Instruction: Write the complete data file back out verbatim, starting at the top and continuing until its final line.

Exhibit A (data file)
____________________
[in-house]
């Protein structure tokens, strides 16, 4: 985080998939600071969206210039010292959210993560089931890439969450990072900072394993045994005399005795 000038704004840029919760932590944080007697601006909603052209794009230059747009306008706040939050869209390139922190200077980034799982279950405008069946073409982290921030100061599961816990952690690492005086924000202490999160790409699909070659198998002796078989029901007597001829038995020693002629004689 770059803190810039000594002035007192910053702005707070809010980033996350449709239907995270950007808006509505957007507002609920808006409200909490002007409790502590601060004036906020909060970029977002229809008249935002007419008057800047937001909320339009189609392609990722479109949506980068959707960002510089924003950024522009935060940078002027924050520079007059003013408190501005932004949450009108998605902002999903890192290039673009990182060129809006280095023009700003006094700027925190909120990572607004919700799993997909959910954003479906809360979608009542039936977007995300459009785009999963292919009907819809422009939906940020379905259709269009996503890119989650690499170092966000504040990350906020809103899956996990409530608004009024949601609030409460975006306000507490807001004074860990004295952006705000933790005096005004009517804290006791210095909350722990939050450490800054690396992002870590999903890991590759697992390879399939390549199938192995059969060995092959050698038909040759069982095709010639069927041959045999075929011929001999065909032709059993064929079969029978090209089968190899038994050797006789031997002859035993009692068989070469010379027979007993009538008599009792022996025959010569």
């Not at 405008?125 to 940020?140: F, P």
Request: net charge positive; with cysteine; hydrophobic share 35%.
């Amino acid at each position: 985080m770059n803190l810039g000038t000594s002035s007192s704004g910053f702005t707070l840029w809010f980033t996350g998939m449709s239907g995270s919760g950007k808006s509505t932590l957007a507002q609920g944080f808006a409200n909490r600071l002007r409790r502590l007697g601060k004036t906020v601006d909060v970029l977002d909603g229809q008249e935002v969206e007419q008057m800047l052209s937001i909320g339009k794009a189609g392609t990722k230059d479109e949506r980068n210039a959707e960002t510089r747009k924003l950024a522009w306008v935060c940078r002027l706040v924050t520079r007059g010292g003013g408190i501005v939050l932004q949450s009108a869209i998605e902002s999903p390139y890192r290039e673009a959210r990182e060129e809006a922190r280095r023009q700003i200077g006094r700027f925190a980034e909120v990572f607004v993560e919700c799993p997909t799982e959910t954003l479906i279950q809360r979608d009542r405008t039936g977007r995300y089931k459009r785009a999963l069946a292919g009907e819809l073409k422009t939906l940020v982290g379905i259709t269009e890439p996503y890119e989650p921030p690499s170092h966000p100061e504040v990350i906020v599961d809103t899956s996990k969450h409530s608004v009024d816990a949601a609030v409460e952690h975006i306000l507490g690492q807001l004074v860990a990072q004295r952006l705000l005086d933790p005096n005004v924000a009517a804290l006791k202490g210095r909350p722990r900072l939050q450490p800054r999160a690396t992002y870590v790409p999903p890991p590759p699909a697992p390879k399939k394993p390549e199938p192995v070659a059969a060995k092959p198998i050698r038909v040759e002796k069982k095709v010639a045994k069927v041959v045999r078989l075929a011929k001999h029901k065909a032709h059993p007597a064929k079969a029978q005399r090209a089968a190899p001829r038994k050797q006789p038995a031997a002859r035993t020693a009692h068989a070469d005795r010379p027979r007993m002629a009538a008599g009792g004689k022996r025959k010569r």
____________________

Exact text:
[in-house]
């Protein structure tokens, strides 16, 4: 985080998939600071969206210039010292959210993560089931890439969450990072900072394993045994005399005795 000038704004840029919760932590944080007697601006909603052209794009230059747009306008706040939050869209390139922190200077980034799982279950405008069946073409982290921030100061599961816990952690690492005086924000202490999160790409699909070659198998002796078989029901007597001829038995020693002629004689 770059803190810039000594002035007192910053702005707070809010980033996350449709239907995270950007808006509505957007507002609920808006409200909490002007409790502590601060004036906020909060970029977002229809008249935002007419008057800047937001909320339009189609392609990722479109949506980068959707960002510089924003950024522009935060940078002027924050520079007059003013408190501005932004949450009108998605902002999903890192290039673009990182060129809006280095023009700003006094700027925190909120990572607004919700799993997909959910954003479906809360979608009542039936977007995300459009785009999963292919009907819809422009939906940020379905259709269009996503890119989650690499170092966000504040990350906020809103899956996990409530608004009024949601609030409460975006306000507490807001004074860990004295952006705000933790005096005004009517804290006791210095909350722990939050450490800054690396992002870590999903890991590759697992390879399939390549199938192995059969060995092959050698038909040759069982095709010639069927041959045999075929011929001999065909032709059993064929079969029978090209089968190899038994050797006789031997002859035993009692068989070469010379027979007993009538008599009792022996025959010569």
């Not at 405008?125 to 940020?140: F, P």
Request: net charge positive; with cysteine; hydrophobic share 35%.
């Amino acid at each position: 985080m770059n803190l810039g000038t000594s002035s007192s704004g910053f702005t707070l840029w809010f980033t996350g998939m449709s239907g995270s919760g950007k808006s509505t932590l957007a507002q609920g944080f808006a409200n909490r600071l002007r409790r502590l007697g601060k004036t906020v601006d909060v970029l977002d909603g229809q008249e935002v969206e007419q008057m800047l052209s937001i909320g339009k794009a189609g392609t990722k230059d479109e949506r980068n210039a959707e960002t510089r747009k924003l950024a522009w306008v935060c940078r002027l706040v924050t520079r007059g010292g003013g408190i501005v939050l932004q949450s009108a869209i998605e902002s999903p390139y890192r290039e673009a959210r990182e060129e809006a922190r280095r023009q700003i200077g006094r700027f925190a980034e909120v990572f607004v993560e919700c799993p997909t799982e959910t954003l479906i279950q809360r979608d009542r405008t039936g977007r995300y089931k459009r785009a999963l069946a292919g009907e819809l073409k422009t939906l940020v982290g379905i259709t269009e890439p996503y890119e989650p921030p690499s170092h966000p100061e504040v990350i906020v599961d809103t899956s996990k969450h409530s608004v009024d816990a949601a609030v409460e952690h975006i306000l507490g690492q807001l004074v860990a990072q004295r952006l705000l005086d933790p005096n005004v924000a009517a804290l006791k202490g210095r909350p722990r900072l939050q450490p800054r999160a690396t992002y870590v790409p999903p890991p590759p699909a697992p390879k399939k394993p390549e199938p192995v070659a059969a060995k092959p198998i050698r038909v040759e002796k069982k095709v010639a045994k069927v041959v045999r078989l075929a011929k001999h029901k065909a032709h059993p007597a064929k079969a029978q005399r090209a089968a190899p001829r038994k050797q006789p038995a031997a002859r035993t020693a009692h068989a070469d005795r010379p027979r007993m002629a009538a008599g009792g004689k022996r025959k010569r």